THE GOVERNMENT was forced to abandon controversial plans last night to remove the automatic right of adopted children to know the identity of their birth parents.
Ministers backed off from the measure in the face of fury from adoption agencies and growing opposition from MPs of all parties.
The proposal had been drafted as part of the Adoption and Children Bill after a mentally-ill man who had been adopted allegedly threatened his natural mother.
The right for adopted children to know the identity of their parents once they reach the age of 18 was introduced 26 years ago. Supporters said the previous secrecy harmed the feelings of self- worth of adopted people and argued that the vast majority of birth mothers were pleased they had been sought out by their child.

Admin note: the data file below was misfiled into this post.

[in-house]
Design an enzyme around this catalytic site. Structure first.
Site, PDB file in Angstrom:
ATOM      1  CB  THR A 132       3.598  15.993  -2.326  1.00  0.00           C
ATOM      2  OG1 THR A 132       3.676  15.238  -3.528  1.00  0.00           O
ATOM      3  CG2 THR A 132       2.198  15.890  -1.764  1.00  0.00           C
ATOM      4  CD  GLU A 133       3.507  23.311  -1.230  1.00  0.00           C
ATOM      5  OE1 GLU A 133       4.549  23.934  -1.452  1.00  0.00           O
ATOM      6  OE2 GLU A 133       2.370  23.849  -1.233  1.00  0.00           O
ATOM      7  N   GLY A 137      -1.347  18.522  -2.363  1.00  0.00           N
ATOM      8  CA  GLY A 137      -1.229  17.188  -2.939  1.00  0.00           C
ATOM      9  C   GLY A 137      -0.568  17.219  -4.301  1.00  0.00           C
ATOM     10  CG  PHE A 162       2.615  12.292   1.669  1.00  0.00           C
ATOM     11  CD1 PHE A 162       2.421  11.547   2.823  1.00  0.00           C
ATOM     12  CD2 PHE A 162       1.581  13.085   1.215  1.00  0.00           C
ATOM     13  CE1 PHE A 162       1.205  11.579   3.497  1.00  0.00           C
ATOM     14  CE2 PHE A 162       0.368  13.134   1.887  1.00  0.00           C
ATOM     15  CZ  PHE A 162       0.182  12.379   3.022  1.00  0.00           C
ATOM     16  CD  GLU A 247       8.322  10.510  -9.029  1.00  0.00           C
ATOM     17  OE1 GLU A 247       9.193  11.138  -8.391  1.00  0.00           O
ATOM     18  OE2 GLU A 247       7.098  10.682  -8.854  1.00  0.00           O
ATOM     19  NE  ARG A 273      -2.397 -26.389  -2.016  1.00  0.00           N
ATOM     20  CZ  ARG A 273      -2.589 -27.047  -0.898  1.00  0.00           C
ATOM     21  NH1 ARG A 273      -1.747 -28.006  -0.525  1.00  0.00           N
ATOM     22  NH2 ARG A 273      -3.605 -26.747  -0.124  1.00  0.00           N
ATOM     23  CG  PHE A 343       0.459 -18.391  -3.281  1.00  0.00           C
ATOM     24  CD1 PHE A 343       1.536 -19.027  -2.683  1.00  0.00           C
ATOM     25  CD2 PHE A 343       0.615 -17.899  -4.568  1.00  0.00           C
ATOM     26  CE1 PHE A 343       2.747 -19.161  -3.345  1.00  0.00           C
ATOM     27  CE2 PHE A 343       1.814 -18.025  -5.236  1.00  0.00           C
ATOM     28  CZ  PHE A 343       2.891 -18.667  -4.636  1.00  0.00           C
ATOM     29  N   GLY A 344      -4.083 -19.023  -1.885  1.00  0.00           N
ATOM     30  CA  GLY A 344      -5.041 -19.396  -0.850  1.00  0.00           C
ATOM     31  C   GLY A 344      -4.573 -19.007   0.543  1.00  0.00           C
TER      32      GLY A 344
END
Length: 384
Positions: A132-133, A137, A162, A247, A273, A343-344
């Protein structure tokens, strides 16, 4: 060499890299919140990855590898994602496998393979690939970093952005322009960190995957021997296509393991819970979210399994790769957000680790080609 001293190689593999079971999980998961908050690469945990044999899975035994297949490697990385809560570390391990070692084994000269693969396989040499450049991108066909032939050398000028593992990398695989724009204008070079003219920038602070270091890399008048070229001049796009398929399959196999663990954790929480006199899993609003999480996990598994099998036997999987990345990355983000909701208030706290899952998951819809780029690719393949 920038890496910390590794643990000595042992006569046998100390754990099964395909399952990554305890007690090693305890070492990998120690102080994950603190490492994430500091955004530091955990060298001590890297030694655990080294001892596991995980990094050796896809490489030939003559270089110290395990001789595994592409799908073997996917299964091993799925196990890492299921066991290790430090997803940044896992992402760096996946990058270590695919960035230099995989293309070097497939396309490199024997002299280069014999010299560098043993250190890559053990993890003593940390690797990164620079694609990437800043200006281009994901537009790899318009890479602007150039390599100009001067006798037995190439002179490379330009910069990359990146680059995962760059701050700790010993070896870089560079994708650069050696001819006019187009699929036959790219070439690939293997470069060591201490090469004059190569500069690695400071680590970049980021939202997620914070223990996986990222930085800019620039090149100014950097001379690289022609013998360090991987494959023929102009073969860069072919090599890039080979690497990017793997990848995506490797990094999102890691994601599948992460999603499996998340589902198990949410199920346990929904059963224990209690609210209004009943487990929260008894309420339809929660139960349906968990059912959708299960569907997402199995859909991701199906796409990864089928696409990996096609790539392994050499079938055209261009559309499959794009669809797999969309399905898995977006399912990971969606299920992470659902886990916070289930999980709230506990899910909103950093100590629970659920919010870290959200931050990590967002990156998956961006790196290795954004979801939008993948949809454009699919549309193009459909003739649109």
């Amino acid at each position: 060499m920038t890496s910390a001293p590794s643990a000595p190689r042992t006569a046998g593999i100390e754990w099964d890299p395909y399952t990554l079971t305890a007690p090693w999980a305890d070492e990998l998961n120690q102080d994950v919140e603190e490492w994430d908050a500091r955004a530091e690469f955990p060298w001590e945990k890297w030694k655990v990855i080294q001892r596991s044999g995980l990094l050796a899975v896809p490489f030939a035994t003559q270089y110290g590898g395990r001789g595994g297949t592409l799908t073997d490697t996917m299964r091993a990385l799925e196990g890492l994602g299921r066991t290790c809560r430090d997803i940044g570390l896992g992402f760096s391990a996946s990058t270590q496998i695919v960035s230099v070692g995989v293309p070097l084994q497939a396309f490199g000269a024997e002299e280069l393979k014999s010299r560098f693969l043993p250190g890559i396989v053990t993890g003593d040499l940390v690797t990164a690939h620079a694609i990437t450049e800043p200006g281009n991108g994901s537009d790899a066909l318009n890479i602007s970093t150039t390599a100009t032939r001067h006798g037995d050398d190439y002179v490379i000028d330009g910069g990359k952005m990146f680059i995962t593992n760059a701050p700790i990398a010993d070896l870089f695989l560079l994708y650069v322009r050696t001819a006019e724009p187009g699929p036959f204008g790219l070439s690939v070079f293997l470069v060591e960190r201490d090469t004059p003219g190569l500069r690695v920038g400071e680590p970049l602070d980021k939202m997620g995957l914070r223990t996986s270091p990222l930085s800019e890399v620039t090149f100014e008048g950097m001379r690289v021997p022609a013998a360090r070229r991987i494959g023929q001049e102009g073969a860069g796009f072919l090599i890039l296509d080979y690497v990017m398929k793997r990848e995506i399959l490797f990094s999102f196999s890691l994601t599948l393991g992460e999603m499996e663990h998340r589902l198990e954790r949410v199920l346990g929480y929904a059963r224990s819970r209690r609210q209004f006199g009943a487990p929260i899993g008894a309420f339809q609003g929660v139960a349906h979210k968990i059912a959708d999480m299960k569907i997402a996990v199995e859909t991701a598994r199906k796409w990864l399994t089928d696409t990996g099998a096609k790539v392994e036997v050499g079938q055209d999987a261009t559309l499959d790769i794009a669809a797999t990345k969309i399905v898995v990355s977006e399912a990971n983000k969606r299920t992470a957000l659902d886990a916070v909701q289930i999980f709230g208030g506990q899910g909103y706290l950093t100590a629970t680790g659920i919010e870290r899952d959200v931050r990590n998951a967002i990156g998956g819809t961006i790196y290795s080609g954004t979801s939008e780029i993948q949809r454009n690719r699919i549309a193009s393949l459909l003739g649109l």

The proposal had come under fierce attack in a Commons standing committee last month, raising the possibility of a government defeat.
In a letter to committee members yesterday, Jacqui Smith, the Social Care minister, announced the Government was scrapping the proposal.
A Health Department spokeswoman said the Bill had been modified because of the heavy weight of evidence presented to the Government that adopted people needed to know their origins. …